Watching wind grow in rural Illinois

barn - turbine
Wind energy continues to grow in rural Illinois and the electric cooperatives of Illinois continue to find innovative ways to participate in that growth.

Wind energy development in the United States is rushing past recent growth records. In 2011, 6,819 megawatts of generating capacity were installed; in 2012, that figure jumped to more than 13,000 MW, according to the American Wind Energy Association. In total, the U.S. boasts more than 60,000 MW of wind power capacity.

Since 1 MW powers 750 to 1,000 average homes, more than 45 million American homes could be powered by wind. We say “could be” because wind doesn’t blow ­constantly. We can’t rely completely on this growing power source, but it’s a great tool to have as part of a balanced ­generation fuel mix.

The industry boomed thanks to federal subsidies for construction of wind farms, sharp drops in production costs, and rural economic development projects.

Wind power is often a natural fit for electric ­cooperatives. Co-op service territories tend to encompass rural areas supporting wind energy development. Fifty electric co-ops either own wind turbines or buy output from wind farms, amounting to 4.3 GW, or about 9 ­percent of the U.S. wind generating capacity. Of course, states in the Upper Midwest and Great Plains yield more oppor­tunity for wind power than most others.

In Illinois one co-op led the way installing one of the first utility-owned wind turbines. In fact, for its leadership and innovative wind project, Illinois Rural Electric Cooperative, Winchester, won one of the first U.S. Department of Energy Wind Cooperative of the Year Awards in 2005. The 1.65 MW turbine has been a great education tool for the co-op community and now the co-op is cooperating with the Illinois Department of Natural Resources to study the impact of the wind turbine on the area’s bat population.

Two other Illinois co-ops, Adams Electric Cooperative, Camp Point, and Rural Electric Convenience Cooperative, Auburn, have also installed utility grade wind turbines and connected them directly to their distribution grid that feeds the wind energy to their co-op members.

Unfortunately, the primary federal subsidy for wind power project development—federal production tax credits—is available only to for-profit electric utilities. That means not-for-profit electric cooperatives can’t take advantage of the subsidies. Co-ops initially had two ­workarounds. Clean Renewable Energy Bonds helped co-ops add wind capacity until they expired at the end of 2010. Co-ops also formed taxable entities eligible to receive payments covering 30 percent of a project’s capital costs through the U.S. Department of Treasury Section 1603 tax grant program, but that expired at the end of 2011.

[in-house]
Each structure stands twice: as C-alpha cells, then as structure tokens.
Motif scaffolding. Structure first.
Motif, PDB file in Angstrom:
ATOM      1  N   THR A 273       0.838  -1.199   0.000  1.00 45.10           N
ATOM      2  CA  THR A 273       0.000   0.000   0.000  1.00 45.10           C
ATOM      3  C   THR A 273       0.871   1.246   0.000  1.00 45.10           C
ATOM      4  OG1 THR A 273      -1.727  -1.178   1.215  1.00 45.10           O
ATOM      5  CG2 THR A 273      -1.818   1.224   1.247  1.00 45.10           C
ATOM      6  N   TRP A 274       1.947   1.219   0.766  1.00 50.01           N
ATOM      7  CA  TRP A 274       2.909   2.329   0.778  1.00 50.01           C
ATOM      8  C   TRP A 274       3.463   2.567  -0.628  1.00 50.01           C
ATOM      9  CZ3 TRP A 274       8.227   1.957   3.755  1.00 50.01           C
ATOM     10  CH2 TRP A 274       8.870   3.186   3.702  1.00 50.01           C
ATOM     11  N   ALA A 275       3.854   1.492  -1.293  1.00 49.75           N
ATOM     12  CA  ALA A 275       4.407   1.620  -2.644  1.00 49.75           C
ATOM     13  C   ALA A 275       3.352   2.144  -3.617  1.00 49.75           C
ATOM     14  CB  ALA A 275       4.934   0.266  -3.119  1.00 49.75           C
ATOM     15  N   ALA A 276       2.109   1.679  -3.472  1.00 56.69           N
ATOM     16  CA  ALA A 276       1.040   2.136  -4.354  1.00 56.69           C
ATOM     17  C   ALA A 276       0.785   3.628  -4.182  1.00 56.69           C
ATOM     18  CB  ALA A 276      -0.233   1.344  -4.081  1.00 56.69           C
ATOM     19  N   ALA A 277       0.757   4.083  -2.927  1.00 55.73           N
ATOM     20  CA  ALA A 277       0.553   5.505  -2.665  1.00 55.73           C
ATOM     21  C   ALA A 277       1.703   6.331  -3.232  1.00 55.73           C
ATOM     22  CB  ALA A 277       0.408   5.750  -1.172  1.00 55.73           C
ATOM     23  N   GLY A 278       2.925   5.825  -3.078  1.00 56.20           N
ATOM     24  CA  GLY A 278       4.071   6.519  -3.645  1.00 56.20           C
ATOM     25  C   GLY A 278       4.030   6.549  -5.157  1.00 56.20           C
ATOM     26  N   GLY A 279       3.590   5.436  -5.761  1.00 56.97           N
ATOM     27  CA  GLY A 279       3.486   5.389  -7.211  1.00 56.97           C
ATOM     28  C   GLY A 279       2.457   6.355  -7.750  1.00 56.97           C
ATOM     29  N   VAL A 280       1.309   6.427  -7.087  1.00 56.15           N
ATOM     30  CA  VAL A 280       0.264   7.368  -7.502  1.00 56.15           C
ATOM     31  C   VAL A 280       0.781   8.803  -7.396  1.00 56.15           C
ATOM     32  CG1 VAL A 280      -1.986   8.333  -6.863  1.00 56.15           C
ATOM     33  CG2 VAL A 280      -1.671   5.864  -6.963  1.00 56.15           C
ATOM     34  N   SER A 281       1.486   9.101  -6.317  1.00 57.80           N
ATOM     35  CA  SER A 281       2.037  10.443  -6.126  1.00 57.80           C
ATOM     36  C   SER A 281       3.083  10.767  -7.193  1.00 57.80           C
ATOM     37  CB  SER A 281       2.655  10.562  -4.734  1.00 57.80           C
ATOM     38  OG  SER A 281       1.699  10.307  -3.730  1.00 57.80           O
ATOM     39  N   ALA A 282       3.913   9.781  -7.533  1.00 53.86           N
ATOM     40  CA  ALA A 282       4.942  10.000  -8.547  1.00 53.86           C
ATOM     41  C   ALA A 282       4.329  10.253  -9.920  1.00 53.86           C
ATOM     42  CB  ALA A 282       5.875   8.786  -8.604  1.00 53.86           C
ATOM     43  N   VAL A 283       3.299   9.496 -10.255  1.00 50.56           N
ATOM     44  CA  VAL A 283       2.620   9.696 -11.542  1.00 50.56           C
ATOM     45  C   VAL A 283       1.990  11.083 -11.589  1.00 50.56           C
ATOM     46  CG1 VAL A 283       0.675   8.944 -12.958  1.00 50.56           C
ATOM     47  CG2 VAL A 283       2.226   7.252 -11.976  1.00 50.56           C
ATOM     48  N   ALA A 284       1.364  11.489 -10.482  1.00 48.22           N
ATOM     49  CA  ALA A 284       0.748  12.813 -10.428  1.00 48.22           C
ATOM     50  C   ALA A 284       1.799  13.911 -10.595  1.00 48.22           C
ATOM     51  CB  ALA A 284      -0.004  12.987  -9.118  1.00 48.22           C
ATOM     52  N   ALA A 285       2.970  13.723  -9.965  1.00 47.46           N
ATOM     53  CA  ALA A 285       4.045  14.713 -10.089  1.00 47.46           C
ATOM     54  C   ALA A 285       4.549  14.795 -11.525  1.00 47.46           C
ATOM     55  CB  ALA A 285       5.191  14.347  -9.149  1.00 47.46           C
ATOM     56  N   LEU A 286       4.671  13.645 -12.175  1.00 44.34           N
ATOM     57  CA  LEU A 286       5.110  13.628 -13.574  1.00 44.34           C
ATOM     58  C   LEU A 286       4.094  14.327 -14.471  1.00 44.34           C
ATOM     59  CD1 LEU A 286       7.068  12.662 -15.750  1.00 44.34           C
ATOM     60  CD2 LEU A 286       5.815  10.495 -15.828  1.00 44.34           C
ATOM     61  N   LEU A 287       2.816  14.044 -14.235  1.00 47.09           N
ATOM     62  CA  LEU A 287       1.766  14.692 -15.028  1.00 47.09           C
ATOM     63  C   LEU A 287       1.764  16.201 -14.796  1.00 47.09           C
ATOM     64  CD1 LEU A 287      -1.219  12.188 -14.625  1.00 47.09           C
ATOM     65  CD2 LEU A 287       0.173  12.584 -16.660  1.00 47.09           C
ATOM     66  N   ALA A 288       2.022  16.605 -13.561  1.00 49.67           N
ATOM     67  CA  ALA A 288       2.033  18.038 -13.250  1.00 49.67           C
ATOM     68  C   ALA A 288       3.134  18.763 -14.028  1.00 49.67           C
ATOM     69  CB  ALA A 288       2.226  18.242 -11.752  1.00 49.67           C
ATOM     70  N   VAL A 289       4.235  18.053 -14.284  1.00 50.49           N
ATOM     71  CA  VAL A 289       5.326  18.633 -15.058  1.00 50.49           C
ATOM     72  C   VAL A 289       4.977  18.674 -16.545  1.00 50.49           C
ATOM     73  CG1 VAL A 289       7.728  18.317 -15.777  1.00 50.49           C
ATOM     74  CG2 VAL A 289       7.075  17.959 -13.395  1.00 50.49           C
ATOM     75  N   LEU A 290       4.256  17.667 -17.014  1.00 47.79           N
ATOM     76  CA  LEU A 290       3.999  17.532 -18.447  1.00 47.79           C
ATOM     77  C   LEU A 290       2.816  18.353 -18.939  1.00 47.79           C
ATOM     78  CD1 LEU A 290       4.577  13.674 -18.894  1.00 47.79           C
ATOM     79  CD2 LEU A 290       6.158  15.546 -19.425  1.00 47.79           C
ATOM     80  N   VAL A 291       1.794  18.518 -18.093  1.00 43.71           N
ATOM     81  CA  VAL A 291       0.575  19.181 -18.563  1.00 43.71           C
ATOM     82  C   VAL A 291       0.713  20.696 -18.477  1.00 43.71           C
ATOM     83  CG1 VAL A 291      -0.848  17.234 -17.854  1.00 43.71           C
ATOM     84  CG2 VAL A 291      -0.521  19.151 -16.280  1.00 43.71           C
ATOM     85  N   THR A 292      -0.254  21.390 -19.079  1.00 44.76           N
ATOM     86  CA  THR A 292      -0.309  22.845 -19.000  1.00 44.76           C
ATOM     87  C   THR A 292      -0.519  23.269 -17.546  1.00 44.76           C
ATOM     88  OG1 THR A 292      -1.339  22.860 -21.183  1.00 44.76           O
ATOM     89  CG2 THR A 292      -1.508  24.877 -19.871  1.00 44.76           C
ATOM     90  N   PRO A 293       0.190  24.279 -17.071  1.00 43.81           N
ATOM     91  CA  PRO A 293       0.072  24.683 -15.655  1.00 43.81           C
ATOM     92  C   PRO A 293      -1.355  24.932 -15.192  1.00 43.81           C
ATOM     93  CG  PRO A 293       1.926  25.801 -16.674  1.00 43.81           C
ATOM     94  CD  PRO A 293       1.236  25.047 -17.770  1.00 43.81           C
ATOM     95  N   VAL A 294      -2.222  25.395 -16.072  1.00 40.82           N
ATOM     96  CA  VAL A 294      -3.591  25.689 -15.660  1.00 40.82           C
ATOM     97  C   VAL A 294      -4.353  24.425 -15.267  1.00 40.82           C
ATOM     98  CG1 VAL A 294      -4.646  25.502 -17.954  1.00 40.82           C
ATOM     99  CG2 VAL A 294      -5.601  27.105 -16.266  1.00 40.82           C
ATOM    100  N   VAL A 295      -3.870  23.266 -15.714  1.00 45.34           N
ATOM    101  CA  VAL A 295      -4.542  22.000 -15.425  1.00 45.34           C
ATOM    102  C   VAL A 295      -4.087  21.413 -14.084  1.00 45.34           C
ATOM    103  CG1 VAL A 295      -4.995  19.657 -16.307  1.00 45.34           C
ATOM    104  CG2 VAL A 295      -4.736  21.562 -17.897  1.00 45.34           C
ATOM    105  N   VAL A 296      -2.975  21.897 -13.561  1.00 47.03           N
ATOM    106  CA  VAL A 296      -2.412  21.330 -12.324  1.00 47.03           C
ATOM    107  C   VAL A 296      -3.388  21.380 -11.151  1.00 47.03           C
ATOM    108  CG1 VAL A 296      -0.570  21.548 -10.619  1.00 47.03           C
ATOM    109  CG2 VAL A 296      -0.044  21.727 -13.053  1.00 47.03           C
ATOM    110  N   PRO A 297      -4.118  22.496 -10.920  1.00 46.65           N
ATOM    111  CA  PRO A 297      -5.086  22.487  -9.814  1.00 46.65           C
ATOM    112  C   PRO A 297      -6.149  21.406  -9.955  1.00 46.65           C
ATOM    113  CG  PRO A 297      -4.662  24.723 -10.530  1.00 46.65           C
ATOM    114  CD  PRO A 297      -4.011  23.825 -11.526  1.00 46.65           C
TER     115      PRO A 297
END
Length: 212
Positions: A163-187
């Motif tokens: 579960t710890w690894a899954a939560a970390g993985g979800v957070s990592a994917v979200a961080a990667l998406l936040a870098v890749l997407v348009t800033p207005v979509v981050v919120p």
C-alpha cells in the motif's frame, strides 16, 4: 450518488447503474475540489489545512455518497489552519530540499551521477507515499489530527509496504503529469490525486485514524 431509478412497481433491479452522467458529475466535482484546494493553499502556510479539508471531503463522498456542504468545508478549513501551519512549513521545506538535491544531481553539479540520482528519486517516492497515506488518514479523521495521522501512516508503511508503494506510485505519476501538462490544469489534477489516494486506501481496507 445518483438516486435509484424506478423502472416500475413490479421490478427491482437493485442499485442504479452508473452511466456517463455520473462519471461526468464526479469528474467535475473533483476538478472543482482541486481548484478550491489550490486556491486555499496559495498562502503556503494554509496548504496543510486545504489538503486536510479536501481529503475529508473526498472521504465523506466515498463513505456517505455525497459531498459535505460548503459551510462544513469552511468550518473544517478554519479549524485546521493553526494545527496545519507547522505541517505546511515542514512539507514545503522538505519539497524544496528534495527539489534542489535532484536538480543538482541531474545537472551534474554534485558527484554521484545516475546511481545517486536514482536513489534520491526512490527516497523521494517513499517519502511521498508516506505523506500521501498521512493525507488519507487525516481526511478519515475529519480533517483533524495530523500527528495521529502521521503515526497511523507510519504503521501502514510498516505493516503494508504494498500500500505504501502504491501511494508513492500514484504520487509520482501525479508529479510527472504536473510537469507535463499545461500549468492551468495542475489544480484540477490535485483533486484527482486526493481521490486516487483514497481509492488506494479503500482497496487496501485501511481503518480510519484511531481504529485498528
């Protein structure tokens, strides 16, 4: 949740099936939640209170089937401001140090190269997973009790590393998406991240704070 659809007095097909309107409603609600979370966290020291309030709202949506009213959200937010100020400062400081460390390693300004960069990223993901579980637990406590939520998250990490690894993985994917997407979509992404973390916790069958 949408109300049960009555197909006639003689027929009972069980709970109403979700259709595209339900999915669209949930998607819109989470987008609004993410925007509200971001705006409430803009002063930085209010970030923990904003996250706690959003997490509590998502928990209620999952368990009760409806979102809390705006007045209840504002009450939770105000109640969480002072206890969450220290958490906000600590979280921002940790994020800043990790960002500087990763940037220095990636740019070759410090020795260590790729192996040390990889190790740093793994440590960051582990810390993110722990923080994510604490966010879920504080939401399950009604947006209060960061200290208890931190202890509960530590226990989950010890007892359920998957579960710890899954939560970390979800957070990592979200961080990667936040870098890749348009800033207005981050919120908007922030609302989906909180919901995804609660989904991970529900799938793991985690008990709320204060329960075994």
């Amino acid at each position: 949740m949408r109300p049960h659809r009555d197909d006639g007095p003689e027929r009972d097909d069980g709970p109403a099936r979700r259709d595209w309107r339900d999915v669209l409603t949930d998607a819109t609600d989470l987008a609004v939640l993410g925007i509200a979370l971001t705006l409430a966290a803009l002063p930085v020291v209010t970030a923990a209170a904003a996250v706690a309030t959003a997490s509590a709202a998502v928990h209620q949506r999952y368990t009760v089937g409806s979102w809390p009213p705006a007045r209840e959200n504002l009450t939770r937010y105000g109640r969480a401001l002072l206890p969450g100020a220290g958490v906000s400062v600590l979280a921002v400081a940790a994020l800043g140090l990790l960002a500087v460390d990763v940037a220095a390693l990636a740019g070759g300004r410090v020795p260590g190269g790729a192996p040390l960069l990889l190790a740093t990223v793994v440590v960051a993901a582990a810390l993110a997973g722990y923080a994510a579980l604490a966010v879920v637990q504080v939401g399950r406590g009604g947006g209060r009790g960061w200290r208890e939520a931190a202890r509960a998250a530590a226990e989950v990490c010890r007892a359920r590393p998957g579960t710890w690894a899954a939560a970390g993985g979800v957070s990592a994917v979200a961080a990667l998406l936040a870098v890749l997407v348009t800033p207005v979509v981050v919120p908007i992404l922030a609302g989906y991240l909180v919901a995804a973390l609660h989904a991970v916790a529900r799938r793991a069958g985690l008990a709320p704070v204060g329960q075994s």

Now, to get the best deals, electric co-ops must sign agreements to buy electricity from private-sector wind projects or arrange long-term leasing agreements with a developer that qualifies for the federal incentives, rather than developing wind projects on their own.

For example, three generation and transmission ­cooperatives serving Illinois co-op members purchased 40 MW of wind energy from the Pioneer Trail Wind Farm east of Paxton, Ill. The three member-owned G&Ts, Prairie Power, Inc., Southern Illinois Power Cooperative and Wabash Valley Power Association entered into an 18-year power purchase agreement with E.On Climate & Renewable North America, Inc. The agreement was ­coordinated through the National Renewables Cooperative Organization, which was formed to promote and facilitate the development of economically viable renewable energy resources for its member cooperatives across the United States.

“Electric cooperatives are no strangers to innovation,” says Duane Noland, President/CEO of the Association of Illinois Electric Cooperatives. “As technology advances, they will work hard to add renewable resources to their energy portfolio. Illinois co-ops are taking a conservative, diversified and long-term approach to the energy portfolio supplying the co-op members at the end of the line.”